Adjusting your test case to produce a location list for i I got this (probably not minimal) snippet (add -O1 to CFLAGS):

#define optnone __attribute__((optnone))
#define noinline __attribute__((noinline))

void optnone noinline stop() {}
void optnone noinline consume(int i) {}
void noinline f1(int x) {
  int i = x;
  stop();
  consume(i);
  i = 5;
  consume(i);
}
int main() {
  int j = 12;
  f1(j);
  stop();
}

Here lldb fails to print the value of i, but if I rearrange the code so that the f1 functions comes first, the value is printed correctly:

#define optnone __attribute__((optnone))
#define noinline __attribute__((noinline))

void optnone noinline stop();
void optnone noinline consume(int i);
void noinline f1(int x) {
  int i = x;
  stop();
  consume(i);
  i = 5;
  consume(i);
}
void optnone noinline stop() {}
void optnone noinline consume(int i) {}
int main() {
  int j = 12;
  f1(j);
  stop();
}

Ah, thanks - think I figured out a representative test & understand better.
I ended up with this:

__attribute__((nodebug)) volatile int i;
int main() {
  int var = 3;
  i = 1;
  var = 5;
  i = 2;
}

By using volatile writes, I was able to get the 'var' variable live range to start at the start of the function (so that image lookup -v -s main would render the "var" variable since it's now live at the very start of the function (rather than only after the push instruction)). And use nodebug to reduce the DWARF since the 'i' isn't interesting.

Indeed without the fix you suggested to use "lowest address" rather than zero, this test above would/was failing (running the image lookup command would not show the "var" variable).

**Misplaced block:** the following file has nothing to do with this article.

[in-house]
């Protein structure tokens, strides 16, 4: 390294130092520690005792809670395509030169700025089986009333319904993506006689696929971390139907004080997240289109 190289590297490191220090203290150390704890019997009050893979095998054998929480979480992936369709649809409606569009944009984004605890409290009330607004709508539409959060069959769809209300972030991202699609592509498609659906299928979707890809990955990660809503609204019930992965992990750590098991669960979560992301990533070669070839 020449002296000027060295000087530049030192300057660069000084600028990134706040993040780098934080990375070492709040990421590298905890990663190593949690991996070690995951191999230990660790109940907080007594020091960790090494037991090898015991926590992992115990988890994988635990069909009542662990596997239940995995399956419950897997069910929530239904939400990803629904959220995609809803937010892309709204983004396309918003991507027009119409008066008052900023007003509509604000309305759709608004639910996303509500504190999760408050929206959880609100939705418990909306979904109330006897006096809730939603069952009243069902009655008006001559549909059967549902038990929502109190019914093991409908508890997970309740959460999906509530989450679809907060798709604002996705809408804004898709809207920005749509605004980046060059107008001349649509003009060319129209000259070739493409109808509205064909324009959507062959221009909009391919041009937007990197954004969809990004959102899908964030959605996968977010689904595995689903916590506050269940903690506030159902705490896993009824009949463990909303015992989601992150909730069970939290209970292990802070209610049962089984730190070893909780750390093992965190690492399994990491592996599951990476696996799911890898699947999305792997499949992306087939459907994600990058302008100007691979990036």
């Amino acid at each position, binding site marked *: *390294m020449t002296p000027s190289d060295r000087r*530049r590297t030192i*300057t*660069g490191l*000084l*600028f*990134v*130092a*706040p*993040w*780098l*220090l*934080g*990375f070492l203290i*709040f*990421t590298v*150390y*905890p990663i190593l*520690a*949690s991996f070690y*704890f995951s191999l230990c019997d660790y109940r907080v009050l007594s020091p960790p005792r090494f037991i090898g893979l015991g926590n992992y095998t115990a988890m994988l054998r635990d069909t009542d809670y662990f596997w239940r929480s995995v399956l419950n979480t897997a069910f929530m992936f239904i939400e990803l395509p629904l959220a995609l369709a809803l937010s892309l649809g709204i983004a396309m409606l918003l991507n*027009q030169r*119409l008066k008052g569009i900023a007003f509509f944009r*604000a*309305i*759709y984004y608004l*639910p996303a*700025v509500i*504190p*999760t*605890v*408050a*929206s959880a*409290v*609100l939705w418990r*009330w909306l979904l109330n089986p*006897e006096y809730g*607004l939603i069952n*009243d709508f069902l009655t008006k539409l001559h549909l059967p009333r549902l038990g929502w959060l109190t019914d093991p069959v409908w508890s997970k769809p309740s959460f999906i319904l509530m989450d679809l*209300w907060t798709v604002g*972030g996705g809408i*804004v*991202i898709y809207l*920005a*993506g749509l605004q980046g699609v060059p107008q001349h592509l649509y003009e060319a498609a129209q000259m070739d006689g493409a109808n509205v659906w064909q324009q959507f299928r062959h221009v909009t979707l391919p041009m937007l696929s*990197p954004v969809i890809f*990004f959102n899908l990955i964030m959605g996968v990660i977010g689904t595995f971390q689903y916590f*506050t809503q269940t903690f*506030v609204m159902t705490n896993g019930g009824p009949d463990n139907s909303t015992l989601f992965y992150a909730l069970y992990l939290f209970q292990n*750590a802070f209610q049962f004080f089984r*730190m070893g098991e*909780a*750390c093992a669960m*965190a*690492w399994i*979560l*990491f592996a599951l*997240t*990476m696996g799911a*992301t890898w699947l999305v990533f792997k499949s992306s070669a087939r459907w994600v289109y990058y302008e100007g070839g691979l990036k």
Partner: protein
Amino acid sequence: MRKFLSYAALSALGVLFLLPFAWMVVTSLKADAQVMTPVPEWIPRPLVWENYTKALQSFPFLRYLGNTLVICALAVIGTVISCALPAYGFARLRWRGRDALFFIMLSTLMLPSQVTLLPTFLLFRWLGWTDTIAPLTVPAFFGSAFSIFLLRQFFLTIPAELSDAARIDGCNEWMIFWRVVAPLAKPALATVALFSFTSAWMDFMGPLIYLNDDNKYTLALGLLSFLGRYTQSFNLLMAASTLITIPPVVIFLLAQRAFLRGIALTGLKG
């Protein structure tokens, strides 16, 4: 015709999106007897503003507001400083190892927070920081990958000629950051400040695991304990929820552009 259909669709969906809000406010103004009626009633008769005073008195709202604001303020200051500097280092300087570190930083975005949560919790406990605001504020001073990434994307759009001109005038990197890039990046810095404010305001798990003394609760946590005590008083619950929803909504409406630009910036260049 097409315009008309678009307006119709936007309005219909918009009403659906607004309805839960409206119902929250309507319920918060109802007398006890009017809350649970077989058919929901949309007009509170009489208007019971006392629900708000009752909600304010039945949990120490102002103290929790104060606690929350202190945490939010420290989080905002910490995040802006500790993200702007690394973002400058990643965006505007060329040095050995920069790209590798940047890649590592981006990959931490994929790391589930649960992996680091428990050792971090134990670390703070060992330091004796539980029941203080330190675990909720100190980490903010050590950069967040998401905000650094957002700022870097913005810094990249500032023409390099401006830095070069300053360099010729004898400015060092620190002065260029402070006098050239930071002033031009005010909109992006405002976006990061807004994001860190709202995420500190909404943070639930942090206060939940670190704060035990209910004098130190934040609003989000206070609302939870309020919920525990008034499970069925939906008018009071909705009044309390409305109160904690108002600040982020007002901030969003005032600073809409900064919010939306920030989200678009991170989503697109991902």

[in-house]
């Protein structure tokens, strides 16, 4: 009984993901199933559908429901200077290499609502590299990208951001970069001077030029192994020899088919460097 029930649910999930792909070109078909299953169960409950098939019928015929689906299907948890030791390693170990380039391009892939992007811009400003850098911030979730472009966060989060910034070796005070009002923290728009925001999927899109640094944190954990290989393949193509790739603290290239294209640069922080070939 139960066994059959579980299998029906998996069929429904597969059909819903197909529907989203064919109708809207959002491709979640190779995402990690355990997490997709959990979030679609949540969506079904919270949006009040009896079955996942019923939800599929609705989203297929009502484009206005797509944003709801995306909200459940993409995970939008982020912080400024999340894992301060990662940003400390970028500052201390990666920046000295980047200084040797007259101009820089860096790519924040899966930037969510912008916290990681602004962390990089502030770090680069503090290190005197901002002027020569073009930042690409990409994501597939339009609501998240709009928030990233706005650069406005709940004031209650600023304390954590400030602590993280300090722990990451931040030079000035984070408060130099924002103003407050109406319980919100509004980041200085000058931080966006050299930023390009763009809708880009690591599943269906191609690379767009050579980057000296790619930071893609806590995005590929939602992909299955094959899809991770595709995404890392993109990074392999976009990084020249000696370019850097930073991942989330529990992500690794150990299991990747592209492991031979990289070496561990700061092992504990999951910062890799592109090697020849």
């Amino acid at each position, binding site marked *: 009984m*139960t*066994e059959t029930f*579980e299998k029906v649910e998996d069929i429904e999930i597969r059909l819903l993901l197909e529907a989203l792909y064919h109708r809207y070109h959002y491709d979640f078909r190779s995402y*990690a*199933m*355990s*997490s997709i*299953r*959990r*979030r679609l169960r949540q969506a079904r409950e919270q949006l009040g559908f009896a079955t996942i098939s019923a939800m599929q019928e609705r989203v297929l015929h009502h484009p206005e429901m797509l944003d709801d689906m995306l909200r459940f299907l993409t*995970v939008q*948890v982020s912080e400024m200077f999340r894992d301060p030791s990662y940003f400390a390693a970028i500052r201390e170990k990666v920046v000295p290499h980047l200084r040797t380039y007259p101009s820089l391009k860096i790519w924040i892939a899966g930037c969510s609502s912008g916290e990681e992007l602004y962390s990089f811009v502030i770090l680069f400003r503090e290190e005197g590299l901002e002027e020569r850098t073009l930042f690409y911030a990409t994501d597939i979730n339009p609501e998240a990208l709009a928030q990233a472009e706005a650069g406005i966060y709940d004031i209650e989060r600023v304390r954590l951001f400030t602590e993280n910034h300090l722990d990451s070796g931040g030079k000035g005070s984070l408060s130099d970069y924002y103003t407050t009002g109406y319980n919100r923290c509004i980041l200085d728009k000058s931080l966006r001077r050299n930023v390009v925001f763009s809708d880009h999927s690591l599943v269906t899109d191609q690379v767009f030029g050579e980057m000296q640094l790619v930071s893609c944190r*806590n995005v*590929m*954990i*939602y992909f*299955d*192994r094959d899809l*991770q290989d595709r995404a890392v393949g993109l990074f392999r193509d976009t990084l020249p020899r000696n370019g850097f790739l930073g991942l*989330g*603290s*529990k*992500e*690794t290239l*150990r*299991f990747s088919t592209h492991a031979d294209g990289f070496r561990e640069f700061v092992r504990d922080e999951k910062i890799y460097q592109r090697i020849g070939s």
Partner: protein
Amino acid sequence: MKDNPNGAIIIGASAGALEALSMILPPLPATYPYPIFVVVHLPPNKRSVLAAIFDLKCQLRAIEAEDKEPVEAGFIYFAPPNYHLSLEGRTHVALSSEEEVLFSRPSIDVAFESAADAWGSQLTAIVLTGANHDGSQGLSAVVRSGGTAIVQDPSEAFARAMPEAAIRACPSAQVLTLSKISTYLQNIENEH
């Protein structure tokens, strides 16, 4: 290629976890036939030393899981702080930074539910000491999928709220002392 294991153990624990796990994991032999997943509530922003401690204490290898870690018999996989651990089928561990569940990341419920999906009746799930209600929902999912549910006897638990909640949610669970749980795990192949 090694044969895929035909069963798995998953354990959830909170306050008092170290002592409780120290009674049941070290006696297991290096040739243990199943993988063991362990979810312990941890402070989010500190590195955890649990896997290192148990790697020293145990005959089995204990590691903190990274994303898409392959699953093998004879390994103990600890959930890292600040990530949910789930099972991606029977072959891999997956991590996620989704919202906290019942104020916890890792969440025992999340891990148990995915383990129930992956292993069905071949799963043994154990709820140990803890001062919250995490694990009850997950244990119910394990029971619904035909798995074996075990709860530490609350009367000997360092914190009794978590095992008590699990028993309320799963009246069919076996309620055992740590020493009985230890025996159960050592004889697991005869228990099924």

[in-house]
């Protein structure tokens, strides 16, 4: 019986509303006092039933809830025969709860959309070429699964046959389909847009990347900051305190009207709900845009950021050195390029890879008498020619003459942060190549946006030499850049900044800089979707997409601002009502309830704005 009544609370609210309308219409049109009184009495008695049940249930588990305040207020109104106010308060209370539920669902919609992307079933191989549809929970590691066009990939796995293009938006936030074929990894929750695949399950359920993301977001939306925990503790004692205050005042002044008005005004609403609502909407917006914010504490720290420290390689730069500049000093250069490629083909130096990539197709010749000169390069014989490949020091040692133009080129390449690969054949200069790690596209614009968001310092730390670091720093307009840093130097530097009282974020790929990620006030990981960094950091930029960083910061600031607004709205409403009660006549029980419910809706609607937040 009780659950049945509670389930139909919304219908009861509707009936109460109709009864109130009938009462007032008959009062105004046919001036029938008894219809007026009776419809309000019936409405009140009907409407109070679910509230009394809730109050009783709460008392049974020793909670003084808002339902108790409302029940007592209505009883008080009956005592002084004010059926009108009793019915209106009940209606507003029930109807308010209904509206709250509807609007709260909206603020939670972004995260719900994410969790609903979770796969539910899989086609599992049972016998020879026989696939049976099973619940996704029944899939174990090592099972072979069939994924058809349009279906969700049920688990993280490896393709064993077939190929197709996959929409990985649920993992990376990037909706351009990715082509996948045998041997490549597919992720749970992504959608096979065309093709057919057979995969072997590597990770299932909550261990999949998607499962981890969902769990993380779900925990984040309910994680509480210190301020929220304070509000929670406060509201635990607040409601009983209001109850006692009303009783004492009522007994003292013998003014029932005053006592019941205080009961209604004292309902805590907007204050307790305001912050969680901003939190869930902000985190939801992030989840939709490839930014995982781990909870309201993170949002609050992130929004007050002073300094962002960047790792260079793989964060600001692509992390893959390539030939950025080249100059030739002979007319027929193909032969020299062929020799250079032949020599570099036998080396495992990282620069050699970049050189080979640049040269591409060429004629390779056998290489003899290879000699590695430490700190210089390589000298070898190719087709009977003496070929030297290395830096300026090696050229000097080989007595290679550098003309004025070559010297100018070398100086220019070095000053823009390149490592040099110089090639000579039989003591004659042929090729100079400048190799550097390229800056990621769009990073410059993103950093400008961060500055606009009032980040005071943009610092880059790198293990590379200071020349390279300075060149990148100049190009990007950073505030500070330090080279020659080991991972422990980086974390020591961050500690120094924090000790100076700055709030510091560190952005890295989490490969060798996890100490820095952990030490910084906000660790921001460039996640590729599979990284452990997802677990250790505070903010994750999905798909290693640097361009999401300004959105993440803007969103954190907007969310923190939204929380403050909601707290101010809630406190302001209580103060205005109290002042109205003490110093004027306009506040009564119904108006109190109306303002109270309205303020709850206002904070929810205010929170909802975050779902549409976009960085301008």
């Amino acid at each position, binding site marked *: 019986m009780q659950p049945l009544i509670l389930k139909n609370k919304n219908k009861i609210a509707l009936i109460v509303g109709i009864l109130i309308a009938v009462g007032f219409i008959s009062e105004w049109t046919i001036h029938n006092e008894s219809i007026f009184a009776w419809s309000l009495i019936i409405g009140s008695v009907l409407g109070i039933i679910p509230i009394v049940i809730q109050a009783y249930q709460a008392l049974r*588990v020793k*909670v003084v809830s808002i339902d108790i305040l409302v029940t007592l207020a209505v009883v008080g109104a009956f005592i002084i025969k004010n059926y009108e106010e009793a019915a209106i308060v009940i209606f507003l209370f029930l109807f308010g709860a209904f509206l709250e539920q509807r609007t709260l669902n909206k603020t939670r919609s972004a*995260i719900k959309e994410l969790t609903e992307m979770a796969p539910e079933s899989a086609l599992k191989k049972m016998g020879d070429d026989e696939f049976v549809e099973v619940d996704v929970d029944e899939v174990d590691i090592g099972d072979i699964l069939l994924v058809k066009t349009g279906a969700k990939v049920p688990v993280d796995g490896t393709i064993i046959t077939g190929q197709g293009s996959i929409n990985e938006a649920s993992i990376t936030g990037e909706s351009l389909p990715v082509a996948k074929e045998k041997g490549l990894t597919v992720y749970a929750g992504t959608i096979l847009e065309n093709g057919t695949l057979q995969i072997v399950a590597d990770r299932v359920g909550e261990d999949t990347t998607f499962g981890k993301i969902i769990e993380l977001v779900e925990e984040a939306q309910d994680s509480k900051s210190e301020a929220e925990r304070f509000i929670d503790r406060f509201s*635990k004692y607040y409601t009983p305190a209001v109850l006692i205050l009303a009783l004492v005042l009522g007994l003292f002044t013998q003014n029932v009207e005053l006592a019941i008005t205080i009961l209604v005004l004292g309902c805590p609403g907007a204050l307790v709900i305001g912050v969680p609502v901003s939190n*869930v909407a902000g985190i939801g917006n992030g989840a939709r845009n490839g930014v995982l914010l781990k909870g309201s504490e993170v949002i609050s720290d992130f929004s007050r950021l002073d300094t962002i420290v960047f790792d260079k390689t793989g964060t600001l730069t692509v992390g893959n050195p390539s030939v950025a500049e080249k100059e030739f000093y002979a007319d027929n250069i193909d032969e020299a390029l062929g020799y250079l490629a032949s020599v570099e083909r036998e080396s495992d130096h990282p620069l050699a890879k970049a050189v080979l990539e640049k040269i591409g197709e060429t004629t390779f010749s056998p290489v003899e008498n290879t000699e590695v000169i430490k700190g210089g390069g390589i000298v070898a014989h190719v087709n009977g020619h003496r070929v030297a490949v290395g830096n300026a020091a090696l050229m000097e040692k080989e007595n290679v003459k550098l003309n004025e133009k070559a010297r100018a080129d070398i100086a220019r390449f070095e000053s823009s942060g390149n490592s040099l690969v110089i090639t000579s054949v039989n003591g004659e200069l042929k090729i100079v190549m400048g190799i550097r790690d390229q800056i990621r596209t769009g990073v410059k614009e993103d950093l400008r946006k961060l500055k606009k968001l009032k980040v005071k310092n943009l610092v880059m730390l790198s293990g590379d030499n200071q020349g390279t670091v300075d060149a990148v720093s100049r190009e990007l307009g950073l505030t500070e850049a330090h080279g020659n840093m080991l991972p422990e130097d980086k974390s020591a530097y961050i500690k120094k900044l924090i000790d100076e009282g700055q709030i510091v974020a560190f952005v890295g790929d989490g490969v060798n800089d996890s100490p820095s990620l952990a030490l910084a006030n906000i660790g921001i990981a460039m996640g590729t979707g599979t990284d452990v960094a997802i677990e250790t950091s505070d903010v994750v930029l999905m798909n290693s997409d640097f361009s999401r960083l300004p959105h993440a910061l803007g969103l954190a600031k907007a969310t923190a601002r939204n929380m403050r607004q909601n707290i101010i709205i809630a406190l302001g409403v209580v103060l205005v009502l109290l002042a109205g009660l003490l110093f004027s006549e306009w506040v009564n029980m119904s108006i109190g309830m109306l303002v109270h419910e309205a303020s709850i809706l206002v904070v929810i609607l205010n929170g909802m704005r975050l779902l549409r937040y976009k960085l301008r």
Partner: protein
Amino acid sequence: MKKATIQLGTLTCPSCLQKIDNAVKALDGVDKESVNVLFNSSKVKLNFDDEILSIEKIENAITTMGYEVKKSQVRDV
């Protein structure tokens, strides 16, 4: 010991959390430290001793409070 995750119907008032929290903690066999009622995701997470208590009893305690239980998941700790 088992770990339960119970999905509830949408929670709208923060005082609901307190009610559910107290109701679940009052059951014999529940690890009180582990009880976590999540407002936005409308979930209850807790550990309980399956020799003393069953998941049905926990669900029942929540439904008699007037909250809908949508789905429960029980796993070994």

Also, I figured out how to run the API tests, and that showed a bunch more failures when using ranges-everywhere (actually a more aggressive version of ranges-everywhere - using it no matter the DWARF version and even when it wouldn't reduce the address pool size (eg: using ranges on a subprogram even when low_pc is an address already in the pool (such as for the start of a CU range))) - and with the change to use the lowest address of the ranges, all those failures now go away.

So *fingers crossed* this is ready.

The purpose of func_lo_pc is pretty weird, but it's essentially used for runtime relocation of location lists within the function -- we take the static "base" of the function, and the runtime "base", and the difference between the two produces the load bias. Applying the same bias to all variable location lists "relocates" the variables. (The reason this is so convoluted is reading location lists straight from (unrelocated) .o files on mac. I seriously considered changing this when working on debug_rnglists, but it turned out it wasn't really necessary, so I let it go.)

Yep, I figured a bunch of this was for DWARF in unrelocated MachO files - and that they wouldn't be able to/want to use Split DWARF or this feature (which is particularly relevant to Split DWARF). Does any of this logic apply outside that unrelocated MachO scenario?